Contextual Online False Discovery Rate Control
Proceedings of the Twenty Third International Conference on Artificial Intelligence and Statistics, PMLR 108:952-961, 2020.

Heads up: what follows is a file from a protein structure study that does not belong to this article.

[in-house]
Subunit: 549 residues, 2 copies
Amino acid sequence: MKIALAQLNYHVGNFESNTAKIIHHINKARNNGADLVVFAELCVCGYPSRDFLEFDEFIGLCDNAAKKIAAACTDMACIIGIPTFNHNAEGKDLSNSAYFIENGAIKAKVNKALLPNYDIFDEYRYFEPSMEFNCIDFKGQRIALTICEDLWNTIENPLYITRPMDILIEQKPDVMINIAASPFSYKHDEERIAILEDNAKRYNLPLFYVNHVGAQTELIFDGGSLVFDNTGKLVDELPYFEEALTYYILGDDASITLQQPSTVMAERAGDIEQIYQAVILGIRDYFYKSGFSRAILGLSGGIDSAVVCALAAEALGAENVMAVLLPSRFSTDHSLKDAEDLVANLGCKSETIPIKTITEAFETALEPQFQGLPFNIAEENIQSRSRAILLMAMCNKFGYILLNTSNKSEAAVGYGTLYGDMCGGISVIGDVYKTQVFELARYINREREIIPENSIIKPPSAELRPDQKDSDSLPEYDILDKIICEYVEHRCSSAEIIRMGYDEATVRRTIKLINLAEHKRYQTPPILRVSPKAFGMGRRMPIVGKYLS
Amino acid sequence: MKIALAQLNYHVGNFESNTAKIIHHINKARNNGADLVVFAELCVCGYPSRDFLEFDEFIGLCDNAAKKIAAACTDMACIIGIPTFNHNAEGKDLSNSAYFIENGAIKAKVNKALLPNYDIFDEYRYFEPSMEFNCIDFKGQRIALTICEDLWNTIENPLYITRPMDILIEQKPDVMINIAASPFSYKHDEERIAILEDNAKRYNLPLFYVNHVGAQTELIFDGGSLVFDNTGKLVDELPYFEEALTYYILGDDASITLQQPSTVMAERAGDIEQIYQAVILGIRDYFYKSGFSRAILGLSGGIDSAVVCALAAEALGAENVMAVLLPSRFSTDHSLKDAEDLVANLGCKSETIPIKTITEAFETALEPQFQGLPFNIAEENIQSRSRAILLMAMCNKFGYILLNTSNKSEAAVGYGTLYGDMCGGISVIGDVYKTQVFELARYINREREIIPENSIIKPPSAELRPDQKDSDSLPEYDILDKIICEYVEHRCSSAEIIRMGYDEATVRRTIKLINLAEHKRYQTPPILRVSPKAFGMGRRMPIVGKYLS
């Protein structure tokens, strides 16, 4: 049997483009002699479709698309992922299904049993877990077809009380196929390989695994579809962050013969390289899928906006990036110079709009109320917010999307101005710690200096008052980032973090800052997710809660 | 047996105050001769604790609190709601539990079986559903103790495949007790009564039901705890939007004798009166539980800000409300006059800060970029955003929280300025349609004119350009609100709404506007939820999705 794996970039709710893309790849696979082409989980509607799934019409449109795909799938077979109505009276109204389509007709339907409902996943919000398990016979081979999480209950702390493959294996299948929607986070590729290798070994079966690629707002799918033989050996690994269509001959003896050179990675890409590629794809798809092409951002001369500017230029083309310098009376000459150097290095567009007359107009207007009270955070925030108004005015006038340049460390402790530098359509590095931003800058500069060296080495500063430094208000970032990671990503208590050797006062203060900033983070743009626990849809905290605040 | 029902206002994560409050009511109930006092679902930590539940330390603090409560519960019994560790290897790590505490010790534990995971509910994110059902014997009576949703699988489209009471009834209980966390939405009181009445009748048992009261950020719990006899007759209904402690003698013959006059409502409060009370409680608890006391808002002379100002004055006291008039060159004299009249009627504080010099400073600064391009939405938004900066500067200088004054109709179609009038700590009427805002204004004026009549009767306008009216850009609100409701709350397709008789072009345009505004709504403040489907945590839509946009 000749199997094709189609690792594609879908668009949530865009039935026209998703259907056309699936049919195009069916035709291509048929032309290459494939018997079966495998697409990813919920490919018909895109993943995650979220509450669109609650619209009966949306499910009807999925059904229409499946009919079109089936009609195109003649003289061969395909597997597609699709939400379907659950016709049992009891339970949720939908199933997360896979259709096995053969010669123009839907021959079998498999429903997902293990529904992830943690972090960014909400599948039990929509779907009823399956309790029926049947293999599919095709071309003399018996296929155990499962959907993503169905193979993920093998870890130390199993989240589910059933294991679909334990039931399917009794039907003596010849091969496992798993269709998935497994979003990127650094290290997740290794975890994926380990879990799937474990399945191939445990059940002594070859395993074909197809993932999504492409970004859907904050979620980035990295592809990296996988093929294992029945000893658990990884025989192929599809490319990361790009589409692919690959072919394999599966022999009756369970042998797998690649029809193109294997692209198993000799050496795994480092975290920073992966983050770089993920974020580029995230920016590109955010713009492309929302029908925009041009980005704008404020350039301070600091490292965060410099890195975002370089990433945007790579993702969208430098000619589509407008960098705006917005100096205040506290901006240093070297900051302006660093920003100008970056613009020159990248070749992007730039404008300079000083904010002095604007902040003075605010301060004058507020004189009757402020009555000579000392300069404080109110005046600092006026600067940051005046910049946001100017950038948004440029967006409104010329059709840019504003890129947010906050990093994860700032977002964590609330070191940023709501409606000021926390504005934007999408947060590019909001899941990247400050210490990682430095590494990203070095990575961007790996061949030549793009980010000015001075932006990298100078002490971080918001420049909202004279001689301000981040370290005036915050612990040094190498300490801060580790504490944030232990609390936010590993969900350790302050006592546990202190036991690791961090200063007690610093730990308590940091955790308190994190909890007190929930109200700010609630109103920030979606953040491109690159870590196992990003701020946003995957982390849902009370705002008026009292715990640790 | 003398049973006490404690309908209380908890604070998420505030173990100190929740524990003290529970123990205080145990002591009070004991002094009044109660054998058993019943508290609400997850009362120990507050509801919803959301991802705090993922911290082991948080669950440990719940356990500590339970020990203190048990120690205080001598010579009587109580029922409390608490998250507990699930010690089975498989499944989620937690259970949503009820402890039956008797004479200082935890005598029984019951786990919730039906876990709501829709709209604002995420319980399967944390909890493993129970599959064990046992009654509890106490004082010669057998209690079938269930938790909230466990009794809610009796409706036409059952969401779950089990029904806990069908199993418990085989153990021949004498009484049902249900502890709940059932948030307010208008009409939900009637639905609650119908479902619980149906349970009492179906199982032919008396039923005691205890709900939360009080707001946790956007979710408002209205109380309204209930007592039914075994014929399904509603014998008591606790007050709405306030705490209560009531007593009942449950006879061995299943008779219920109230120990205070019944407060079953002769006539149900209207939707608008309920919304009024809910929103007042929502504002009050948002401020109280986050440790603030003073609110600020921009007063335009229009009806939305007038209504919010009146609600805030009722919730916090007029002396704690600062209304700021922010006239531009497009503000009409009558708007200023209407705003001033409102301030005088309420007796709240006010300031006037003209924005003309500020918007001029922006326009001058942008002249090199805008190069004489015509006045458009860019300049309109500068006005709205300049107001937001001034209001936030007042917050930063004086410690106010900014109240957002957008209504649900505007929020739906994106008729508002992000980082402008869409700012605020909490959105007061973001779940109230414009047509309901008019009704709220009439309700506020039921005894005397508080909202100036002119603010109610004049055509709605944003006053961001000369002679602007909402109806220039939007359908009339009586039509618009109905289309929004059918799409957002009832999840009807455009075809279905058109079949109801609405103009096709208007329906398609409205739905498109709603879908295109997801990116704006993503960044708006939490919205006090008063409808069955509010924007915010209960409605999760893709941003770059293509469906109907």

Multiple hypothesis testing, a situation when we wish to consider many hypotheses, is a core problem in statistical inference that arises in almost every scientific field. In this setting, controlling the false discovery rate (FDR), which is the expected proportion of type I error, is an important challenge for making meaningful inferences. In this paper, we consider a setting where an ordered (possibly infinite) sequence of hypotheses arrives in a stream, and for each hypothesis we observe a p-value along with a set of features specific to that hypothesis. The decision whether or not to reject the current hypothesis must be made immediately at each time step, before the next hypothesis is observed. This model provides a general way of leveraging the side (contextual) information in the data to help maximize the number of discoveries while controlling the FDR.We propose a new class of powerful online testing procedures, where the rejection thresholds are learned sequentially by incorporating contextual information and previous results. We prove that any rule in this class controls online FDR under some standard assumptions. We then focus on a subclass of these procedures, based on weighting the rejection thresholds, to derive a practical algorithm that learns a parametric weight function in an online fashion to gain more discoveries. We also theoretically prove that our proposed procedures, under some easily verifiable assumptions, would lead to an increase of statistical power over a popular online testing procedure proposed by Javanmard and Montanari (2018). Finally, we demonstrate the superior performance of our procedure, by comparing it to state-of-the-art online multiple testing procedures, on both synthetic data and real data generated from different applications.